When someone is reaching out, it feels like hope. But 9 times out of 10, it is a selfish act. A selfish act that by the way should be a kind of turnoff. It should be something that repels you not something that you grab onto. And this by the way is where character is built. Character is not built in holding to a standard when it’s easy. It’s like being kind in life, it’s easy to be kind when it’s with someone you want something from. But character is being kind when someone can’t do something for you. Character is being kind when no one is watching, character is being kind when it’s difficult. Or it’s the same in a breakup. Character is built when we uphold our standard at a time when more than anything in the world we want to run to someone’s door and bang on it until they answer.

And the standard has to be that if this person is reaching out and giving you little bits of attention, essentially bread crumbing you post relationship, our standard has to be, “Hey, I appreciate you’re in a tough place, I appreciate you miss me. I appreciate that this is painful for you, but I need a break from you so that I can heal and move on. And these little messages are inappropriate given that you’ve made the decision for us not to be together.” What you are really saying to someone is, “Hey, look, this wasn’t my call, this was your call. You decided this, but you keep messaging me.” And if you keep messaging back, all you’re going to do is create a feeling of safety for that person that if the intention is but by messaging back we could rekindle something and it could go somewhere. The responding actually makes it less likely that that will happen because we’re creating safety for that person.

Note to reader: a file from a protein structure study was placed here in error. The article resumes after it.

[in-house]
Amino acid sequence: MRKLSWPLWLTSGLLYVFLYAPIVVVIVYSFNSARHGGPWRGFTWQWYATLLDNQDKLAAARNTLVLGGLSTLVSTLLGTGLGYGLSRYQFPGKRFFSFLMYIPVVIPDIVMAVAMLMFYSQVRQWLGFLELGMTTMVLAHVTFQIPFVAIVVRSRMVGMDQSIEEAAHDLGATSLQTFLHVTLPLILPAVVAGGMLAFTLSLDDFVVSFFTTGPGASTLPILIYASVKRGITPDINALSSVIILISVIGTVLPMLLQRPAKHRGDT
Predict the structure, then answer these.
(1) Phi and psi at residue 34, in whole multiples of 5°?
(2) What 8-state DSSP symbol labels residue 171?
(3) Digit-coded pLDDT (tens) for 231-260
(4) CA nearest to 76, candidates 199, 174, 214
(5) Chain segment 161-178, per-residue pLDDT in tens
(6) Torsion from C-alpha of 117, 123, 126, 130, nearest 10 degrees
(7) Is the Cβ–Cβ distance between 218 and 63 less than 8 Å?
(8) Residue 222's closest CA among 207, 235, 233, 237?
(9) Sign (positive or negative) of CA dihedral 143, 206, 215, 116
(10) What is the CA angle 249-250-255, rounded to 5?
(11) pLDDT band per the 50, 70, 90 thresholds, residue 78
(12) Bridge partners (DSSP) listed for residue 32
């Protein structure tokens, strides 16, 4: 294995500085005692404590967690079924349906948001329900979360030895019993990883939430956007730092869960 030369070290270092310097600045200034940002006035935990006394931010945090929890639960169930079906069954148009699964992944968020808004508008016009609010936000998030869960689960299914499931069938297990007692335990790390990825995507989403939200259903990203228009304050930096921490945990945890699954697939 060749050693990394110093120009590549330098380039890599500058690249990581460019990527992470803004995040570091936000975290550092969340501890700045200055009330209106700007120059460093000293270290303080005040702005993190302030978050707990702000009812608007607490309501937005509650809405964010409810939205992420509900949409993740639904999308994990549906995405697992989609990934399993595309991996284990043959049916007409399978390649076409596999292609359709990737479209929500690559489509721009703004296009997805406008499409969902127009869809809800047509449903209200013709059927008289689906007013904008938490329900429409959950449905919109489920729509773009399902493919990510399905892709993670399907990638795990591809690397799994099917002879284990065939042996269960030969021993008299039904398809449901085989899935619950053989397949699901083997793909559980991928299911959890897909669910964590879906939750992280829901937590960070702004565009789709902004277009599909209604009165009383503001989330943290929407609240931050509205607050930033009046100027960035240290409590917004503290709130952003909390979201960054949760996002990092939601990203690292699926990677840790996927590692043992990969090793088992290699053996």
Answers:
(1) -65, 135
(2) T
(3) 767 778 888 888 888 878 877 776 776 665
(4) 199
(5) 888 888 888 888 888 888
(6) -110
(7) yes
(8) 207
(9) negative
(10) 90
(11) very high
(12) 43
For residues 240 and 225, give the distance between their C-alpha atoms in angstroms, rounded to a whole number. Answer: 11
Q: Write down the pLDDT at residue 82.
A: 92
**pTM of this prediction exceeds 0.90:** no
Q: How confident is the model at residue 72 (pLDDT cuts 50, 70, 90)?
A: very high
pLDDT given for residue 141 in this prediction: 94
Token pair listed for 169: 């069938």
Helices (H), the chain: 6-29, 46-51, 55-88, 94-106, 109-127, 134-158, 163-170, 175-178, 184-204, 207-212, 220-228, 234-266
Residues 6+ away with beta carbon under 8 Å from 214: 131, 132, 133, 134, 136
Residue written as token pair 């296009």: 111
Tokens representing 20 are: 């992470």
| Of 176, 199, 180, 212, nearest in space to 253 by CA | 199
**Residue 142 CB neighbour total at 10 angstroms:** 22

And safety makes people relax. Safety makes people stall and stay where it’s comfortable. Oh, this is comfortable right now, I know you’re still there, I know you’re in pain. And though I may not wish for you to be in pain, there is a safety in knowing that you’re there and in pain and I can reach out to you anytime I want. Because I know for as long as that’s true, you’re probably not going anywhere. And as long as I feel you’re not going anywhere, there’s no real motivation for me to decide anything. I’m just going to maintain a status quo right now. I’m not going to get back with you, I’m just going to keep doing this because you’re still there. I’m not saying that people think about this from some kind of, there’s no evil mastermind here trying to make all of these calculations, it’s unconscious.

There is an unconscious feeling of if I feel safe, I’m not moved to action in either direction. We cannot give that to someone during this time. You’ve made your decision, it is not my job to make you feel better about that decision. My job is to go and heal myself now, my job is to pick up on that forward momentum in my life. The exact kind of forward momentum that when you realize it’s happening for me might make you question whether you really do want to lose me after all. It’s also worth noting that while we may think that messaging someone back constantly or picking up the phone when they call will keep us top of mind for them. That may backfire because what it may allow them to do is actually heal themselves and get stronger all from a nice, soft launchpad.